With the recent talk about changing our state flag, I’m a bit puzzled as to why time and resources should be expended in such a direction. Rather than changing our flag, we might do well to contemplate its imagery in a new light.

Particularly lost to our understanding today is the imagery of the beehive. Rather than being a hub for mindless drones, it denotes a society in which each individual works together for the good of the whole.

Leonard Arrington, a historian from years past, challenged the hoary myth that “the Mountain West was a land of rugged individualism developed by rugged individualists and rugged corporations.” Much of this state’s economic development was accomplished by “group saving and group investment under planned direction.”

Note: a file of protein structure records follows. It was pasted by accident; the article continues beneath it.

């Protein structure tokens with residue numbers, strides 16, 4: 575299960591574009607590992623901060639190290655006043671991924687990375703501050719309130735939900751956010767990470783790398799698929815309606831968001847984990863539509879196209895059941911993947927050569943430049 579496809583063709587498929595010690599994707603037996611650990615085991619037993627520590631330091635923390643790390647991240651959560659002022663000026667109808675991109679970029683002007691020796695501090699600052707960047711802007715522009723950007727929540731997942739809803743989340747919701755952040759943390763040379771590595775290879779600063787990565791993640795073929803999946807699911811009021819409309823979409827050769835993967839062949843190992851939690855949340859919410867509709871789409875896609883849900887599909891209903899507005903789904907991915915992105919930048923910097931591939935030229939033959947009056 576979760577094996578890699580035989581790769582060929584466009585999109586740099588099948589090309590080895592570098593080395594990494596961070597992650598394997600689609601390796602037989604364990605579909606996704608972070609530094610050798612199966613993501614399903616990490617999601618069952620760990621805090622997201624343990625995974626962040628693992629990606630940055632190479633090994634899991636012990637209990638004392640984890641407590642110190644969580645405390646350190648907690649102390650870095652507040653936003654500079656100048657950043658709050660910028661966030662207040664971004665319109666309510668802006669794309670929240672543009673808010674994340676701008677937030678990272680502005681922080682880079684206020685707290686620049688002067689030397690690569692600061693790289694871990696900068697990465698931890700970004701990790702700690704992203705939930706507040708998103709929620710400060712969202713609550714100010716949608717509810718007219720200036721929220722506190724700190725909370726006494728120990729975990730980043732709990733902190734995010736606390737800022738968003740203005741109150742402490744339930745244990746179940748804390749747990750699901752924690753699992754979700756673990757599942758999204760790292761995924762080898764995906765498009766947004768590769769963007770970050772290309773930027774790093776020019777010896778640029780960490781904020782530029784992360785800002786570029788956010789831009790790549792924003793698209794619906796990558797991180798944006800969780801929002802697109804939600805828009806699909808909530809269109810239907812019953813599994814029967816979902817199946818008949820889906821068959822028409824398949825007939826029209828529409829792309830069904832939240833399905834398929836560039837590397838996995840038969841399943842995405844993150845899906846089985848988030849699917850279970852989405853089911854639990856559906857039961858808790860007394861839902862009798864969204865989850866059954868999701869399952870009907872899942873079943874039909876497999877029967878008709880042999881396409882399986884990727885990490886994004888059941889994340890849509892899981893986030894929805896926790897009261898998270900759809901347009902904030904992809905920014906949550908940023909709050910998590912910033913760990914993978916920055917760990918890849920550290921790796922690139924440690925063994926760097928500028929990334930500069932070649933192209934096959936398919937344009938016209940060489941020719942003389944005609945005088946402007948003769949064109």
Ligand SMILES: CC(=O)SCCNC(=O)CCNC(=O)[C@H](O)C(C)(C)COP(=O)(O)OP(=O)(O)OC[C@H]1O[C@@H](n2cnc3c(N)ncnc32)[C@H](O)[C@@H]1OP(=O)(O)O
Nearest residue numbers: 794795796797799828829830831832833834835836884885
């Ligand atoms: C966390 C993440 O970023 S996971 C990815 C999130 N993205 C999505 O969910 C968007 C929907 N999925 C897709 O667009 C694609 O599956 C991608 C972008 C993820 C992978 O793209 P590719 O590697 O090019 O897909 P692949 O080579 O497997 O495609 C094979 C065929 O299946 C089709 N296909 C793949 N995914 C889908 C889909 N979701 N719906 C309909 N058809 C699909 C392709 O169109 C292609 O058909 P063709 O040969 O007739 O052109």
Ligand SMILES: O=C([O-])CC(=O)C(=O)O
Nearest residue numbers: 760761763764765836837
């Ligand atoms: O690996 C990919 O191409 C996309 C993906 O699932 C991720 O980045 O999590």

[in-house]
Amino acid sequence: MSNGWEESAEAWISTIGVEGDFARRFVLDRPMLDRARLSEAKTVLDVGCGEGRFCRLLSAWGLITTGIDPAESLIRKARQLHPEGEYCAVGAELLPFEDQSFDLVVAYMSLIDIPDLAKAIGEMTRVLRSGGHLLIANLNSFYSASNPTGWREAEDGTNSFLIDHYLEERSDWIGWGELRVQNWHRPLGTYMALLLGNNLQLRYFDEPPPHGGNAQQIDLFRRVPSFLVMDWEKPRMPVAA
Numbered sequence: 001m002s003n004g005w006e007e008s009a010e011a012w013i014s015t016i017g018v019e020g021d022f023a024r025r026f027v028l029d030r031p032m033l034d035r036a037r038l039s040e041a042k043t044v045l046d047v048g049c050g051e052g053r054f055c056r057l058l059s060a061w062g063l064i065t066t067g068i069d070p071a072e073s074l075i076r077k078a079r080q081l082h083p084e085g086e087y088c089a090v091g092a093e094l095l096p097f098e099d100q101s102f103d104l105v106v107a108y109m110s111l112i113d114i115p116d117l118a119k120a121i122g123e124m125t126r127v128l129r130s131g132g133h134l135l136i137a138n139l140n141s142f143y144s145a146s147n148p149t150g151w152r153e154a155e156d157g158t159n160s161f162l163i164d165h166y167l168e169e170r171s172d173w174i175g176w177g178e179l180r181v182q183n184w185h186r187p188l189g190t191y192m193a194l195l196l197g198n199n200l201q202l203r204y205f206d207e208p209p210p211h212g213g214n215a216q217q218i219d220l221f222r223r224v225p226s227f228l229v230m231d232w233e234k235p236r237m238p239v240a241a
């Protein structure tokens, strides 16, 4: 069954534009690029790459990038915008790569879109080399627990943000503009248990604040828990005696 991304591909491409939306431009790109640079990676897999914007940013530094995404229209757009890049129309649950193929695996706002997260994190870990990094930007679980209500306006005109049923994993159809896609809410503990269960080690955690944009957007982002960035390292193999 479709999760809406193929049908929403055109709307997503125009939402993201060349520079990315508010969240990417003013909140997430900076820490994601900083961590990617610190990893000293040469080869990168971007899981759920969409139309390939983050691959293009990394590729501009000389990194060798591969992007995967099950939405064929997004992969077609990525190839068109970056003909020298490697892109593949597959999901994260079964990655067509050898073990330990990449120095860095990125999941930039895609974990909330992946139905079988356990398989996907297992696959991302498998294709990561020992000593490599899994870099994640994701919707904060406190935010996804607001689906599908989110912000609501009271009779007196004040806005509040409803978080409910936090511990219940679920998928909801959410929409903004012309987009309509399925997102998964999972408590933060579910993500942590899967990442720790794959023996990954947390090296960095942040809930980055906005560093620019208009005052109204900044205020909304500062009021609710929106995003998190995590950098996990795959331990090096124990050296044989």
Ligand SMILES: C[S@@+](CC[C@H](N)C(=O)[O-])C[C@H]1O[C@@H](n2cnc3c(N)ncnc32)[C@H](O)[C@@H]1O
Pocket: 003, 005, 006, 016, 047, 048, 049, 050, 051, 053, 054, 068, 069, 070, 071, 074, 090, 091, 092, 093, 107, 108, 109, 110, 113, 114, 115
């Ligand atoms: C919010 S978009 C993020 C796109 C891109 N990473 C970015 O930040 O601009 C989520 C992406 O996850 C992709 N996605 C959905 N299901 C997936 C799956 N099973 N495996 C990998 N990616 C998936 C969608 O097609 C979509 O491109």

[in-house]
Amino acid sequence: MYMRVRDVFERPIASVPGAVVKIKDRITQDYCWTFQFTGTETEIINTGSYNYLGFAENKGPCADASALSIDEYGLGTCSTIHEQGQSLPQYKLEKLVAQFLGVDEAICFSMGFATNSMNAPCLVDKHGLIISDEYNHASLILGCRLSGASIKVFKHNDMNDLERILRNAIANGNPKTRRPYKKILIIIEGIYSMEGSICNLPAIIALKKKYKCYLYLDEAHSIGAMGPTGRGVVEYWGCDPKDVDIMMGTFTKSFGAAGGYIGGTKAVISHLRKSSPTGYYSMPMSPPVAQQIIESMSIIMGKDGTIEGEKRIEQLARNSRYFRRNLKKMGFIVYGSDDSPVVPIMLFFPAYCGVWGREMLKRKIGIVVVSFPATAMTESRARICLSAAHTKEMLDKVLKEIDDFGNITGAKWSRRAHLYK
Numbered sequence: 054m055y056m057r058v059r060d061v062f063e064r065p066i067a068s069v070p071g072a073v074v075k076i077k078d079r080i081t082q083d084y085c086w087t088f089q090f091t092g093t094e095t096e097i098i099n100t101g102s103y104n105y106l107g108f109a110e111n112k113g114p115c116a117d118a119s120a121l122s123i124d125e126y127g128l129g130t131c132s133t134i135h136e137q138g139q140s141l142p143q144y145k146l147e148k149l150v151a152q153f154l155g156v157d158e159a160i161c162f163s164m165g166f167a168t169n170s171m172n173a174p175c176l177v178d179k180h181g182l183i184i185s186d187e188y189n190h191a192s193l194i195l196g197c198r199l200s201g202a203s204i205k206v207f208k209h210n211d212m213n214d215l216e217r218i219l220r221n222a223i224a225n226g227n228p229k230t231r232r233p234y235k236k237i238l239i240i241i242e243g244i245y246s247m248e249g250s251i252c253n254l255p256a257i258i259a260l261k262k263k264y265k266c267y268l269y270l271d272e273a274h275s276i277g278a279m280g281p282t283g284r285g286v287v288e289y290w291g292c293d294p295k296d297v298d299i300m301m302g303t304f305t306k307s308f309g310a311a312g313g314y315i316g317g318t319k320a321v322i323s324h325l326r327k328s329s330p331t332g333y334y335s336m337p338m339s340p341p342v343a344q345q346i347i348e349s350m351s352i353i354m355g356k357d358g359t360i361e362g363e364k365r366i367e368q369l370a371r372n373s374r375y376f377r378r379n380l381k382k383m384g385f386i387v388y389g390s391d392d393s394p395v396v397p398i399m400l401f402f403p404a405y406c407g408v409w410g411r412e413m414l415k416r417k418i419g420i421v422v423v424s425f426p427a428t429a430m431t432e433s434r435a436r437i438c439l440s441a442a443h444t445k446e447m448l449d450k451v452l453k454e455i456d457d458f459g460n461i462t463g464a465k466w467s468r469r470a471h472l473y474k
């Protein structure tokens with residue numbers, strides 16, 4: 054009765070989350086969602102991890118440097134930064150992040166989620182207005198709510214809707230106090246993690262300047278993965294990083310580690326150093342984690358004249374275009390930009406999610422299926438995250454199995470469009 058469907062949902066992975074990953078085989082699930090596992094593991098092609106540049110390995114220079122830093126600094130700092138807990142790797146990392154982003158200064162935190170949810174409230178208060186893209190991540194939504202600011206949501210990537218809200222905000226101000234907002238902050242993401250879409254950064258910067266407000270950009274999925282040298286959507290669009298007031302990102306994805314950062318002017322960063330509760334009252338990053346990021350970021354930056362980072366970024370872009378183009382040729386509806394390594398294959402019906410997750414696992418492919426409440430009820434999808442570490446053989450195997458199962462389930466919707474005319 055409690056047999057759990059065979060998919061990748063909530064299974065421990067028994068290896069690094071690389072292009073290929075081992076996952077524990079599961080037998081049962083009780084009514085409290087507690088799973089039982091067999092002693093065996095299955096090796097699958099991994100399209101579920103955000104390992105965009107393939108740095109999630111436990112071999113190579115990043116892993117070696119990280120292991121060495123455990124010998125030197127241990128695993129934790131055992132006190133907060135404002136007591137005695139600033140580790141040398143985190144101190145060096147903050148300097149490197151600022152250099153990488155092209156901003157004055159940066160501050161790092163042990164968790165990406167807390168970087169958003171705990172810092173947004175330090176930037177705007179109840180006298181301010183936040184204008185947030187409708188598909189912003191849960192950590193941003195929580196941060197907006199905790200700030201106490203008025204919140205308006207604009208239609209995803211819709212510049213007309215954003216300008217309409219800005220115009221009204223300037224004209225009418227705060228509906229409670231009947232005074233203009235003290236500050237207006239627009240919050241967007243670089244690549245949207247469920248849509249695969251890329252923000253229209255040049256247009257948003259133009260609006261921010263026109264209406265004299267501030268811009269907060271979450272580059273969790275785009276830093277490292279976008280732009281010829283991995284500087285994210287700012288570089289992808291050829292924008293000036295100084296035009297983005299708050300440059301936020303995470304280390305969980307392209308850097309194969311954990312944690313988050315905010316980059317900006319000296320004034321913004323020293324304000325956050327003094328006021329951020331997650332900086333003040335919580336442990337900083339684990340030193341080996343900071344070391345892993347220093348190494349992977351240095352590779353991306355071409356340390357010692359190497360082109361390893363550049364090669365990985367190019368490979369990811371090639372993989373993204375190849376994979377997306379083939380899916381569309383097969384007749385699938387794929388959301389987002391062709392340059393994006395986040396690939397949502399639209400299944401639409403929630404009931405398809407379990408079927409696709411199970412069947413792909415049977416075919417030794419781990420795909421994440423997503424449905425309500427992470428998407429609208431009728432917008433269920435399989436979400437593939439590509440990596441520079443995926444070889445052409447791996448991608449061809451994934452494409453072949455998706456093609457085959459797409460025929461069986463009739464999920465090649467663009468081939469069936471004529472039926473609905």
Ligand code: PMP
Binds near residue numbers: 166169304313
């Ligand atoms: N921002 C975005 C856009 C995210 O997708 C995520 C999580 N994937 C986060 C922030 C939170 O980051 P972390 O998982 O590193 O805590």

However one may feel about our theocratic roots as far as Euro-American settlement is concerned, it was nevertheless a universe away from the ultraconservatism garbed in Christianity that has held sway around here for the last hundred years. Some might even have an easier time in drawing a redesigned flag from memory, but I suspect that such a flag’s symbolic meaning and power will only sink as deep as the paper.

Wesley Long, Murray